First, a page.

What's the Difference Between Logistics and Supply Chain Management

What's the Difference Between Logistics and Supply Chain Management?

May 04, 2018  •  5 minute read

The lines separating supply chain management from logistics can appear blurred, and the two concepts are often referred to interchangeably. Yet although a symbiotic relationship exists, each possesses distinctly different functions and purposes, comprised of specialized tasks and responsibilities.


Think of a supply chain as a network—of manufacturers, suppliers, wholesalers, retailers, etc.—rather than a series of specific functions.

Logistics, on the other hand, is more immediately tangible; it refers to the activities involved in moving goods from one point to another within a supply chain.

Simply put: Logistics is a fraction of supply chain management; the latter, an umbrella term used to describe an entire business philosophy, encompassing all internal and external supply chain processes, including logistics. 

Still scratching your head? You are not alone. Here's a more in-depth, visual analysis of the difference between logistics and supply chain management, including definitions, processes, purposes, job descriptions, and technologies affiliated with both.





Supply Chain


1. the branch of military science and operations dealing with the procurement, supply, and maintenance of equipment, with the movement, evacuation, and hospitalization of personnel, with the provision of facilities and services, and with related matters

2. the planning, implementation, and coordination
of the details of a business or other operation


1. a channel of distribution beginning with the supplier of materials or components, extending through a manufacturing process to the distributor and retailer, and ultimately to the consumer





Supply Chain Management

  • Inbound and Outbound Transportation
  • Warehousing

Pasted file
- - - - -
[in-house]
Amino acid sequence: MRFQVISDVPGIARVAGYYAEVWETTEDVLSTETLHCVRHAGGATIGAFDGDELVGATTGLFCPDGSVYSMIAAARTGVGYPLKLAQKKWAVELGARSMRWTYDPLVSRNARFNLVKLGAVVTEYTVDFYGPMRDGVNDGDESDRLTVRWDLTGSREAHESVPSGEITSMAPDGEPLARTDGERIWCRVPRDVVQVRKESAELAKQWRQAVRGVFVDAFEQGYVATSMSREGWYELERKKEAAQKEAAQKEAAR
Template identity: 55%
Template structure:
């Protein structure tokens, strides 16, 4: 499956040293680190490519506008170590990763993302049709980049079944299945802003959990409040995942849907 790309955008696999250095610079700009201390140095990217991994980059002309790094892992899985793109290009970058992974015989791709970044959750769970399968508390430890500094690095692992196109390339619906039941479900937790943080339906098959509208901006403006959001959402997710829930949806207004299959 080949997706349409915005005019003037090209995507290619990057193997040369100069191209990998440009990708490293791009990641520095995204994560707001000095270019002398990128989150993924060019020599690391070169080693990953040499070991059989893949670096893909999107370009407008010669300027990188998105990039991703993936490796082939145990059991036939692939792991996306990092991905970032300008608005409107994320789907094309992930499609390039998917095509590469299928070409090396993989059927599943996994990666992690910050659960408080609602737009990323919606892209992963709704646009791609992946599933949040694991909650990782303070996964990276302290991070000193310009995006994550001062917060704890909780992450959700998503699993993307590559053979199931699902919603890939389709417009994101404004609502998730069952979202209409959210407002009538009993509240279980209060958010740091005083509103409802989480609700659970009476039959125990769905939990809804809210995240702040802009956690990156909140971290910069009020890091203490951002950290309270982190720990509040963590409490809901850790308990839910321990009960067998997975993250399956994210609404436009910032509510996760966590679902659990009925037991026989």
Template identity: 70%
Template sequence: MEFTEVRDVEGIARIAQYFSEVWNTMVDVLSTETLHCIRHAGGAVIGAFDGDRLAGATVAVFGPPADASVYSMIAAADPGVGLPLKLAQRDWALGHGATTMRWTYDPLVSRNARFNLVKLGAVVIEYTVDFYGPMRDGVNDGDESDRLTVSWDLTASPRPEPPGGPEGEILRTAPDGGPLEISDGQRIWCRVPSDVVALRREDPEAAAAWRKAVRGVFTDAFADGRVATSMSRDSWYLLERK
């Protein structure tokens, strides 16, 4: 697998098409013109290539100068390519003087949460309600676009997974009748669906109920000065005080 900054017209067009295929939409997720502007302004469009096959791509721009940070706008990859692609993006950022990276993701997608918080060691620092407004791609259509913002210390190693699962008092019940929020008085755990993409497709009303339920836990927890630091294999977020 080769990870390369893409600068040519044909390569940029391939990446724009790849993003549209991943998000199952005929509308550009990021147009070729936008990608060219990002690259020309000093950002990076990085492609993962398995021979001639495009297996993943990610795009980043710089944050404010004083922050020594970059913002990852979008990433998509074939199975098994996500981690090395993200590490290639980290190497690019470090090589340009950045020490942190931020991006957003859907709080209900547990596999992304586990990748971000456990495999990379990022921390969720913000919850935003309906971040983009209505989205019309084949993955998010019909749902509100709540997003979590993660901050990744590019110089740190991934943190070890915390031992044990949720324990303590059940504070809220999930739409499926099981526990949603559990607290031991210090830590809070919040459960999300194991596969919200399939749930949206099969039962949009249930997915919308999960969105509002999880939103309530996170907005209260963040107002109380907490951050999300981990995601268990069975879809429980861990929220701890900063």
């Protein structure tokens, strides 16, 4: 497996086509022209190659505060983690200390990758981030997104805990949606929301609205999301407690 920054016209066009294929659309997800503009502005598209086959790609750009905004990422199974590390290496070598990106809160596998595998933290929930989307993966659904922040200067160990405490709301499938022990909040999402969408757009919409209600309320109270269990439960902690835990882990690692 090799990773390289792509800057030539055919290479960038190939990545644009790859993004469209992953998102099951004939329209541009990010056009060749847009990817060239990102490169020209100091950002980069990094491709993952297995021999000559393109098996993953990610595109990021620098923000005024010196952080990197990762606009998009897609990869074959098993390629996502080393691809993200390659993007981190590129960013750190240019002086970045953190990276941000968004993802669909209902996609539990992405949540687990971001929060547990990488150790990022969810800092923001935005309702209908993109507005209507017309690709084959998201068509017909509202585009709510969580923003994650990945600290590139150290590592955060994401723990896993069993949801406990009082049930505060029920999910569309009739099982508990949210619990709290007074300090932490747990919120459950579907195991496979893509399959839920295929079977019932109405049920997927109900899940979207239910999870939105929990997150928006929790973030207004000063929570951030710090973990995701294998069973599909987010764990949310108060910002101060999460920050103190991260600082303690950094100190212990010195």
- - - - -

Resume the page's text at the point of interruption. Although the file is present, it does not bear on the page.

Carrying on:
• Reverse Logistics (Returns)
  • Protective Packaging
  • Fulfillment
  • Procurement
  • Supply Planning
  • Demand Planning
  • Enterprise Resource Planning
  • Inventory Management
  • Manufacturing
  • Logistics
  • Optimization





Supply Chain Management

The purpose of logistics is to provide just-in-time delivery for the primary sake of customer satisfaction.

The goal of supply chain management is supply chain optimization for the sake of competitive advantage, as in the most efficient and cost-effective methods for those working within a supply chain.


Job Descriptions


Logistics Manager

Supply Chain Manager

Job responsibilities for a logistics manager include:

  • Managing and planning for logistics policies, objectives, and initiatives.
  • Creating procedures for logistics management to optimize product workflow and minimize cost.
  • Monitoring vendor selection and negotiation, distribution, transportation, and inventory control.

Job responsibilities for a supply chain manager include:

  • Overseeing and managing overall supply chain and logistics operations, to maximize efficiency and minimize cost.
  • Collaborating with multiple-functional managers to
    plan and execute the development of a
    distribution center operational process to
    enable seamless transfers.
  • Managing and monitoring vendors' qualifications and performances to ensure they meet the company's requirements.





Supply Chain Management

  • Transportation Management System (TMS): a logistics platform enabling users to manage and optimize daily operations of their transportation fleets
  • Warehouse Management System (WMS): software and processes enabling organizations to control and administer warehouse operations from the time goods or materials enter until they move out
  • Enterprise Resource Planning (ERP) software: functions similar to a central nervous system, for a business, by collecting information about the activity and state of various divisions of the body corporate, and making this available to other parts, where it can be used productively and . added, in real-time, by users
  • Radio Frequency Identification: the use of radio waves to read and capture information stored on a tag attached to an object, which can be read from up to several feet away, and doesn't need to be within direct line-of-sight of the reader to be tracked
  • Customer Relationship Management (CRM) Software: a category of software covering a broad set of applications, designed to help businesses manage many of the following processes: customer data, customer interaction, information access, and sales automation
  • “Big Data”: extremely large data sets that may be analyzed computationally to reveal patterns, trends and associations, especially relating to human behavior and interactions


Also keep in mind: While it is correct that logistics is technically a subset of supply chain management, it is misleading to only consider logistics in terms of SCM. The magnitude of consequences associated with logistical practices is too great, and too essential to the whole of a supply chain to be tethered to a singular, master term without recognizing its leadership role within that greater puzzle of supply chain management.


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Topics: Logistics and supply chain management